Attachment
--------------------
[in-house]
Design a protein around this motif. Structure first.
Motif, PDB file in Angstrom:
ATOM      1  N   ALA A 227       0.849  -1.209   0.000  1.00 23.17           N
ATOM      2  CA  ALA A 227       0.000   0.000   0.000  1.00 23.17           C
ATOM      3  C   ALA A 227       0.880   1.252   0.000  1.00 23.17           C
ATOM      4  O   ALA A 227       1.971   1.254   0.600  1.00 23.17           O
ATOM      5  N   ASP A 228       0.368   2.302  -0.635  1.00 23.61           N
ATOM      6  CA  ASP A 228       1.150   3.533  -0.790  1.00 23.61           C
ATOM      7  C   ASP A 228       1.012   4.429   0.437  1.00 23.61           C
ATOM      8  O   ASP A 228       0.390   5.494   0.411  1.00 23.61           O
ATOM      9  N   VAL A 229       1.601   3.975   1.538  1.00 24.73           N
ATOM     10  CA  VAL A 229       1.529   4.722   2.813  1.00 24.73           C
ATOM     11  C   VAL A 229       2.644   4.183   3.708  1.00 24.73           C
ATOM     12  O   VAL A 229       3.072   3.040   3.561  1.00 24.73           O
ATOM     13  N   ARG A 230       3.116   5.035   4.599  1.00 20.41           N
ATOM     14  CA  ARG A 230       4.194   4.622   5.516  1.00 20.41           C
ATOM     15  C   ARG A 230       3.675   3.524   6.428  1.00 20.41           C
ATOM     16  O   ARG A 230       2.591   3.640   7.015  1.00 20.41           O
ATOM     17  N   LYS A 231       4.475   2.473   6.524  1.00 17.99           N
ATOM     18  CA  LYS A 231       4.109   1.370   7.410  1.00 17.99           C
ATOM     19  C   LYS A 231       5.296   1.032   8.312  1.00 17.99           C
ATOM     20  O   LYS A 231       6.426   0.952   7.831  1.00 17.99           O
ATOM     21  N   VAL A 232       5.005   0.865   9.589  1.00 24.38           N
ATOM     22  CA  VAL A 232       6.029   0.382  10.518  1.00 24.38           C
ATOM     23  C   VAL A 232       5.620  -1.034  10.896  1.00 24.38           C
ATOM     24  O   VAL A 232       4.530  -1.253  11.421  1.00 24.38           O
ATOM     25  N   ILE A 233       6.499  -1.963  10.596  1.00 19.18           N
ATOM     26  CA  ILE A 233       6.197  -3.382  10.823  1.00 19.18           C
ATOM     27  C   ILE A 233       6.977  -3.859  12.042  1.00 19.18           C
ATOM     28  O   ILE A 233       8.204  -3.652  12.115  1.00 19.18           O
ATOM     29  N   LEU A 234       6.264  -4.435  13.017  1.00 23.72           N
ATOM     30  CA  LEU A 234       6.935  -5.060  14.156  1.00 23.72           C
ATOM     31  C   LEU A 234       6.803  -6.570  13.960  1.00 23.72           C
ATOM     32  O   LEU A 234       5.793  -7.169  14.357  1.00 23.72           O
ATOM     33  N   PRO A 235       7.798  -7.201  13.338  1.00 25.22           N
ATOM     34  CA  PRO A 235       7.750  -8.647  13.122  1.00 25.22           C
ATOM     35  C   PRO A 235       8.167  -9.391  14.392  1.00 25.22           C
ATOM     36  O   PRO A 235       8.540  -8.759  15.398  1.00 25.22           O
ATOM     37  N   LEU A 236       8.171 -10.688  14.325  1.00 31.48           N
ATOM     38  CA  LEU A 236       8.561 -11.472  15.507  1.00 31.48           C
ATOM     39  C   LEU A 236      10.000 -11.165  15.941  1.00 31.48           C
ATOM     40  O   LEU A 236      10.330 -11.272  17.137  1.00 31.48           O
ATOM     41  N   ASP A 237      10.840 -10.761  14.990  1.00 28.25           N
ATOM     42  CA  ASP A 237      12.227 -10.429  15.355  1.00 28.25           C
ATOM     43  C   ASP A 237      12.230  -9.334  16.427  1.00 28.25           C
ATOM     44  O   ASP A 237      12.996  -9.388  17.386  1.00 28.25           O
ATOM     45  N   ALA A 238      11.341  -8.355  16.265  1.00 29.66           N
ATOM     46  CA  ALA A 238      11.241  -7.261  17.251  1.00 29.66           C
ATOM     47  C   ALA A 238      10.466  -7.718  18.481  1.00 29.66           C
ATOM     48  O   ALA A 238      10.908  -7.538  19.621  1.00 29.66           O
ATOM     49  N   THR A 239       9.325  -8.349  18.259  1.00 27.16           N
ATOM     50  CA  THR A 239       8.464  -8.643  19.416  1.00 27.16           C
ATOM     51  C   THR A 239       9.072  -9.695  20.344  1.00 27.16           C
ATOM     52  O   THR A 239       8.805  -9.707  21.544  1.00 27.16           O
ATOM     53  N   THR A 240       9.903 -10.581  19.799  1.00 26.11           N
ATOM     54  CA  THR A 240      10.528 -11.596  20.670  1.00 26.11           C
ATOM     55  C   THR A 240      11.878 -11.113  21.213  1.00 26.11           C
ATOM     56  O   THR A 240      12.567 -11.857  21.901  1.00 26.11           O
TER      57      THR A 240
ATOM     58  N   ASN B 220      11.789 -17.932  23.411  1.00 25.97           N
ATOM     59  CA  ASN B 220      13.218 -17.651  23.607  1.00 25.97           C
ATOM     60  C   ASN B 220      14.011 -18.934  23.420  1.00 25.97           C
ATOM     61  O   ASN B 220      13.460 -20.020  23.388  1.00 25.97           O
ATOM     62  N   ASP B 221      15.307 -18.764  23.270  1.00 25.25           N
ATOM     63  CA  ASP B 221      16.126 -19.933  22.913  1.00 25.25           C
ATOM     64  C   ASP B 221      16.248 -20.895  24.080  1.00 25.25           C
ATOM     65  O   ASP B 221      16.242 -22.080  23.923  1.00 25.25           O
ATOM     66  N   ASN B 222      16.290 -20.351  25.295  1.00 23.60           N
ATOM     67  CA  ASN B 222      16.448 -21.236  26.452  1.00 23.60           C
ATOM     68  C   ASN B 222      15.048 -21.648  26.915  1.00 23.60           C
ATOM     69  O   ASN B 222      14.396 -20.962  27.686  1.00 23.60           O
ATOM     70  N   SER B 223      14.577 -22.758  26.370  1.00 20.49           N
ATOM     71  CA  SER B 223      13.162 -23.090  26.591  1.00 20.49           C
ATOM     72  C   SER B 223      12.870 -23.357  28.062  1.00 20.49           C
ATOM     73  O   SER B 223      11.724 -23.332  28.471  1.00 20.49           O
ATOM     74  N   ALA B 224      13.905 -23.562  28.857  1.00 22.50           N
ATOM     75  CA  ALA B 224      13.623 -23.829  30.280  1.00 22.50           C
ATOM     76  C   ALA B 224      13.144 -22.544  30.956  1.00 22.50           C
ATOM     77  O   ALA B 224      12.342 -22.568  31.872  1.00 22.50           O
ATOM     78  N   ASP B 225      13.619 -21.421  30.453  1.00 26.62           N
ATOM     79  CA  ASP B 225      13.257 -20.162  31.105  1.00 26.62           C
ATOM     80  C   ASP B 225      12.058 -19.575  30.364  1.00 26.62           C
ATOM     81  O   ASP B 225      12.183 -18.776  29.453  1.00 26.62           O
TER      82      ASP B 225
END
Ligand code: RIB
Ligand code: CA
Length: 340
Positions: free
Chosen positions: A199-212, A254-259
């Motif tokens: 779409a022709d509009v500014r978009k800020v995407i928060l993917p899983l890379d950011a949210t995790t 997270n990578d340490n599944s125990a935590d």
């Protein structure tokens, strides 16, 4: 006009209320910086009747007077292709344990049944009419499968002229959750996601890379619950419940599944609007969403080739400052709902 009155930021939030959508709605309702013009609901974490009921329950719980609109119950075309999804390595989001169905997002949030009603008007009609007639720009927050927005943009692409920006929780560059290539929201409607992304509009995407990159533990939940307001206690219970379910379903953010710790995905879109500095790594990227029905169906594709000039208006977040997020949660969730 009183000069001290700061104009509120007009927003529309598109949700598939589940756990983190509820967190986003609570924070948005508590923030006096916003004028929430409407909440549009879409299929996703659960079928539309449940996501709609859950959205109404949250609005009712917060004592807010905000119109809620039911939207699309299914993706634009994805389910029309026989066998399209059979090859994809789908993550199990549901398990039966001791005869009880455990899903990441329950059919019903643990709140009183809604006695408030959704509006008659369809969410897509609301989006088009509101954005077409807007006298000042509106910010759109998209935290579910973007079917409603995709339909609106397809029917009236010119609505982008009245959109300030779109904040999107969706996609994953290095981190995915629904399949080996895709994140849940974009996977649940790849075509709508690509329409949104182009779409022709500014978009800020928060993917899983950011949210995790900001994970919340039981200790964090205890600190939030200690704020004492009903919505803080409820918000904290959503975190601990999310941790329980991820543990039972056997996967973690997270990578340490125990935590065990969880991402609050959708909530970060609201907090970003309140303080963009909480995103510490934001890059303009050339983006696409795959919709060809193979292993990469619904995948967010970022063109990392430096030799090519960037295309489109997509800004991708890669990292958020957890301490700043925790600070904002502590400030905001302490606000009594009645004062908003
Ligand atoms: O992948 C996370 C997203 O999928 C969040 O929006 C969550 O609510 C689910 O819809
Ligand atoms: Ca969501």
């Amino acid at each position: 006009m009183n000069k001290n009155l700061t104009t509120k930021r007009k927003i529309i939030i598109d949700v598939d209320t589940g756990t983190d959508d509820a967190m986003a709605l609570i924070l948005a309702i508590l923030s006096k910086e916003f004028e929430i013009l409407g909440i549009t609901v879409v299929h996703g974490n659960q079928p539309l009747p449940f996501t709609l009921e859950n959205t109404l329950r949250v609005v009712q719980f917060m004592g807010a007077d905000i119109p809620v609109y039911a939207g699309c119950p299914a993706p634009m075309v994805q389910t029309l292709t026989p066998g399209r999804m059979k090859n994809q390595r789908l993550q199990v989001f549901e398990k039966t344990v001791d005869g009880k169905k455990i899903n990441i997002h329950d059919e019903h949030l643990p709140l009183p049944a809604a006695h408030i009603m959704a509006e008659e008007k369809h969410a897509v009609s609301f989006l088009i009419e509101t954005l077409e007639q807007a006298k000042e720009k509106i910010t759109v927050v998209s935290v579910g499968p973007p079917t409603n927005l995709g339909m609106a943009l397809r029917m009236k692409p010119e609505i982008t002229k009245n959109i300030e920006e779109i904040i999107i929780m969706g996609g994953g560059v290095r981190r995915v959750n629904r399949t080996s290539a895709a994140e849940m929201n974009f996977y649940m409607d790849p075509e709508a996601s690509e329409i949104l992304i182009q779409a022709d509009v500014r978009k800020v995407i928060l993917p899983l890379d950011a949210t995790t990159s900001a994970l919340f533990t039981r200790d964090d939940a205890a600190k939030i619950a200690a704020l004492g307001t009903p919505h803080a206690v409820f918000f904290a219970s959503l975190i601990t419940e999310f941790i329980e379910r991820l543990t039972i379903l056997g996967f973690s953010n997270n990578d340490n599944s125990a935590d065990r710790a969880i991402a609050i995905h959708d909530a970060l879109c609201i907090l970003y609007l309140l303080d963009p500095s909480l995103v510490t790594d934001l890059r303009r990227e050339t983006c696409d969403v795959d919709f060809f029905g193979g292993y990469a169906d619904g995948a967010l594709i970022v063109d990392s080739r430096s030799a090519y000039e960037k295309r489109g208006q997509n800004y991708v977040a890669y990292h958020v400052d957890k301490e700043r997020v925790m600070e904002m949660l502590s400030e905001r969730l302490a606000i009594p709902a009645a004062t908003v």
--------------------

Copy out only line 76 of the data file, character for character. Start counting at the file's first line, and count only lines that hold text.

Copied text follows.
ATOM     73  O   SER B 223      11.724 -23.332  28.471  1.00 20.49           O